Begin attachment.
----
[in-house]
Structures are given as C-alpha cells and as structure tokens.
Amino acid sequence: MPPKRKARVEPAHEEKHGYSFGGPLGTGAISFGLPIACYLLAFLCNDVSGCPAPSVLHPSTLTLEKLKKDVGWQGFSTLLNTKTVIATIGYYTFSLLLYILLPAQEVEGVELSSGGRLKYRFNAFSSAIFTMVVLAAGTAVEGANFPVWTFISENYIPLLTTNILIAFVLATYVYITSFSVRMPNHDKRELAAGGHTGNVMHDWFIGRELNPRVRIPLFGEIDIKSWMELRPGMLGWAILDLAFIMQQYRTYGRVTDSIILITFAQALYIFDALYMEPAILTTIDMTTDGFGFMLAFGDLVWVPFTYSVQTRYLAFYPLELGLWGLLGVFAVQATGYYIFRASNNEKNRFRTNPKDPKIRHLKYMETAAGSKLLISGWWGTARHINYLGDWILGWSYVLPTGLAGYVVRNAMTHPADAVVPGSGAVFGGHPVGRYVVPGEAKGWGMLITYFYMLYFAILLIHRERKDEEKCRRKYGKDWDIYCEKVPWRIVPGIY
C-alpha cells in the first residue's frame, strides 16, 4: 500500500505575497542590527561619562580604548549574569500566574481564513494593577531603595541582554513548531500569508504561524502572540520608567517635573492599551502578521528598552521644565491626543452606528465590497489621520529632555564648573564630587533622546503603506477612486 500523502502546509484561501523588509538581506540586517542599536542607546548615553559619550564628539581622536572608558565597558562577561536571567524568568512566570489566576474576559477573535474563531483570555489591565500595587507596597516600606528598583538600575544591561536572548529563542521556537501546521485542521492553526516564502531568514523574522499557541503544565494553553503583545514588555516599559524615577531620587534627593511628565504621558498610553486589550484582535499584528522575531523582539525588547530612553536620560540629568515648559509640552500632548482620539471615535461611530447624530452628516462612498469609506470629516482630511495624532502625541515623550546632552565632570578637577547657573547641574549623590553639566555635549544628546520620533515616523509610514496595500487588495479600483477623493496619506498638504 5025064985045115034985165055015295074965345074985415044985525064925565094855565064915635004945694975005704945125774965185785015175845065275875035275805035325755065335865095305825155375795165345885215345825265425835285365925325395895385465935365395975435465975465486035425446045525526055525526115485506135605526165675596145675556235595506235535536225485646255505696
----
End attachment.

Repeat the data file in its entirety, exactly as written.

[in-house]
Structures are given as C-alpha cells and as structure tokens.
Amino acid sequence: MPPKRKARVEPAHEEKHGYSFGGPLGTGAISFGLPIACYLLAFLCNDVSGCPAPSVLHPSTLTLEKLKKDVGWQGFSTLLNTKTVIATIGYYTFSLLLYILLPAQEVEGVELSSGGRLKYRFNAFSSAIFTMVVLAAGTAVEGANFPVWTFISENYIPLLTTNILIAFVLATYVYITSFSVRMPNHDKRELAAGGHTGNVMHDWFIGRELNPRVRIPLFGEIDIKSWMELRPGMLGWAILDLAFIMQQYRTYGRVTDSIILITFAQALYIFDALYMEPAILTTIDMTTDGFGFMLAFGDLVWVPFTYSVQTRYLAFYPLELGLWGLLGVFAVQATGYYIFRASNNEKNRFRTNPKDPKIRHLKYMETAAGSKLLISGWWGTARHINYLGDWILGWSYVLPTGLAGYVVRNAMTHPADAVVPGSGAVFGGHPVGRYVVPGEAKGWGMLITYFYMLYFAILLIHRERKDEEKCRRKYGKDWDIYCEKVPWRIVPGIY
C-alpha cells in the first residue's frame, strides 16, 4: 500500500505575497542590527561619562580604548549574569500566574481564513494593577531603595541582554513548531500569508504561524502572540520608567517635573492599551502578521528598552521644565491626543452606528465590497489621520529632555564648573564630587533622546503603506477612486 500523502502546509484561501523588509538581506540586517542599536542607546548615553559619550564628539581622536572608558565597558562577561536571567524568568512566570489566576474576559477573535474563531483570555489591565500595587507596597516600606528598583538600575544591561536572548529563542521556537501546521485542521492553526516564502531568514523574522499557541503544565494553553503583545514588555516599559524615577531620587534627593511628565504621558498610553486589550484582535499584528522575531523582539525588547530612553536620560540629568515648559509640552500632548482620539471615535461611530447624530452628516462612498469609506470629516482630511495624532502625541515623550546632552565632570578637577547657573547641574549623590553639566555635549544628546520620533515616523509610514496595500487588495479600483477623493496619506498638504 5025064985045115034985165055015295074965345074985415044985525064925565094855565064915635004945694975005704945125774965185785015175845065275875035275805035325755065335865095305825155375795165345885215345825265425835285365925325395895385465935365395975435465975465486035425446045525526055525526115485506135605526165675596145675556235595506235535536225485646255505696